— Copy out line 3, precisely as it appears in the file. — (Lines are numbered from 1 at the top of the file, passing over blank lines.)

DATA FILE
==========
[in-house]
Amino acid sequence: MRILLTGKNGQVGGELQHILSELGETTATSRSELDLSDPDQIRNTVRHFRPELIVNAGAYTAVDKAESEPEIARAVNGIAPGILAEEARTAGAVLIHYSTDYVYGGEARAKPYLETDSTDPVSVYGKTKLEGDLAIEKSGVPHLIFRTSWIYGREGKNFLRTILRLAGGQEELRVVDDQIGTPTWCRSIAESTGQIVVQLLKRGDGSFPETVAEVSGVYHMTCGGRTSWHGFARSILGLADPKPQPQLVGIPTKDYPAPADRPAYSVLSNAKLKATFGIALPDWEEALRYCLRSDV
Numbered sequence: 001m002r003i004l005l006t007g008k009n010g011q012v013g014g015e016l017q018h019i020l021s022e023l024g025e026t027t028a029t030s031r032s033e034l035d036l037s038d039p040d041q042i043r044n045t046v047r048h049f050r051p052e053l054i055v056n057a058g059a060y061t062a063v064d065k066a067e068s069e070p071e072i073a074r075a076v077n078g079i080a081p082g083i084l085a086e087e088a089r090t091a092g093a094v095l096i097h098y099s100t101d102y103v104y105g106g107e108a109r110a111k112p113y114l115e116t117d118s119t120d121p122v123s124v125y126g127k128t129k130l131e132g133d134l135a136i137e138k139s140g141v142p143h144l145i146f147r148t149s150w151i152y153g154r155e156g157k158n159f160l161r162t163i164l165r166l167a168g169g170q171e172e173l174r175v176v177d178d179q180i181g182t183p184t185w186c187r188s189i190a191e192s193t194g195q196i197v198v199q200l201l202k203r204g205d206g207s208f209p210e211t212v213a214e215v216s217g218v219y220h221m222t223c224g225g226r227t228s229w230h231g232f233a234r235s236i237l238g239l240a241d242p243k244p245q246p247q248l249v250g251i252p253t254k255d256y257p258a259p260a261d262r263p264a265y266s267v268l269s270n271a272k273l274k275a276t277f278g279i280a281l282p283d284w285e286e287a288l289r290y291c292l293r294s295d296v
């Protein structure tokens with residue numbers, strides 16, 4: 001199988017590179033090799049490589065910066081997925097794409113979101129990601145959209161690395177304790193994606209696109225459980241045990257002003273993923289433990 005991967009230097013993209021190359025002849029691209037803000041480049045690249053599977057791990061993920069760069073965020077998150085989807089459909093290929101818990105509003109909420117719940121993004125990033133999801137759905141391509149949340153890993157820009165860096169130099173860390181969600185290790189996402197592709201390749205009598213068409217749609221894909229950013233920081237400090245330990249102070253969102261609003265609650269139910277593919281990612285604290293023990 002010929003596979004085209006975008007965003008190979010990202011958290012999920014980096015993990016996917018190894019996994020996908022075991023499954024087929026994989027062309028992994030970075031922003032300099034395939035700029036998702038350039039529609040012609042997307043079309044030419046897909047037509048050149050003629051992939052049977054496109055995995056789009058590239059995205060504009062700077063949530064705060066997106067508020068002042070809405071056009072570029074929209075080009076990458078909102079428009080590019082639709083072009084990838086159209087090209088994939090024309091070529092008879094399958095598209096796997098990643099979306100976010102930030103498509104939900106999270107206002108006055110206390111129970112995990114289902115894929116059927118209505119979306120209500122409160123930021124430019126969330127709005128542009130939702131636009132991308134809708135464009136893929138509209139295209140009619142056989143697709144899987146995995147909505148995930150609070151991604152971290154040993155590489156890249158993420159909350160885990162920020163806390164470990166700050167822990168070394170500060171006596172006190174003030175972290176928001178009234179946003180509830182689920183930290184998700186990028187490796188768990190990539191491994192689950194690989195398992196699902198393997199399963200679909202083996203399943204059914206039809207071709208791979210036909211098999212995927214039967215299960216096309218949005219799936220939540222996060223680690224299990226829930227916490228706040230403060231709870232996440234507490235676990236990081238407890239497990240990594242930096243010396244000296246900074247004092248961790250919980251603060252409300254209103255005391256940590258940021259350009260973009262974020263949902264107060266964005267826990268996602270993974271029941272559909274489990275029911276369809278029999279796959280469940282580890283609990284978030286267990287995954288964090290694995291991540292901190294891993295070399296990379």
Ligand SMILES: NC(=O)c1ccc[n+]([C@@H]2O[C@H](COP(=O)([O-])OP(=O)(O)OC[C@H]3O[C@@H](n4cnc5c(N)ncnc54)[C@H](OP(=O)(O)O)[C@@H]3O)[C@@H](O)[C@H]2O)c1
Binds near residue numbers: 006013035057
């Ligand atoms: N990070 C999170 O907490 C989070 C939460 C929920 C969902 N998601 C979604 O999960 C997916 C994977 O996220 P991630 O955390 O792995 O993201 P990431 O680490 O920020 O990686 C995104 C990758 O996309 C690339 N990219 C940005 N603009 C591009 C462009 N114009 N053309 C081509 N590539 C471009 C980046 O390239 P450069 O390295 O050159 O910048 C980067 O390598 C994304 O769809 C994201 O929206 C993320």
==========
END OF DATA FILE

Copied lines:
Numbered sequence: 001m002r003i004l005l006t007g008k009n010g011q012v013g014g015e016l017q018h019i020l021s022e023l024g025e026t027t028a029t030s031r032s033e034l035d036l037s038d039p040d041q042i043r044n045t046v047r048h049f050r051p052e053l054i055v056n057a058g059a060y061t062a063v064d065k066a067e068s069e070p071e072i073a074r075a076v077n078g079i080a081p082g083i084l085a086e087e088a089r090t091a092g093a094v095l096i097h098y099s100t101d102y103v104y105g106g107e108a109r110a111k112p113y114l115e116t117d118s119t120d121p122v123s124v125y126g127k128t129k130l131e132g133d134l135a136i137e138k139s140g141v142p143h144l145i146f147r148t149s150w151i152y153g154r155e156g157k158n159f160l161r162t163i164l165r166l167a168g169g170q171e172e173l174r175v176v177d178d179q180i181g182t183p184t185w186c187r188s189i190a191e192s193t194g195q196i197v198v199q200l201l202k203r204g205d206g207s208f209p210e211t212v213a214e215v216s217g218v219y220h221m222t223c224g225g226r227t228s229w230h231g232f233a234r235s236i237l238g239l240a241d242p243k244p245q246p247q248l249v250g251i252p253t254k255d256y257p258a259p260a261d262r263p264a265y266s267v268l269s270n271a272k273l274k275a276t277f278g279i280a281l282p283d284w285e286e287a288l289r290y291c292l293r294s295d296v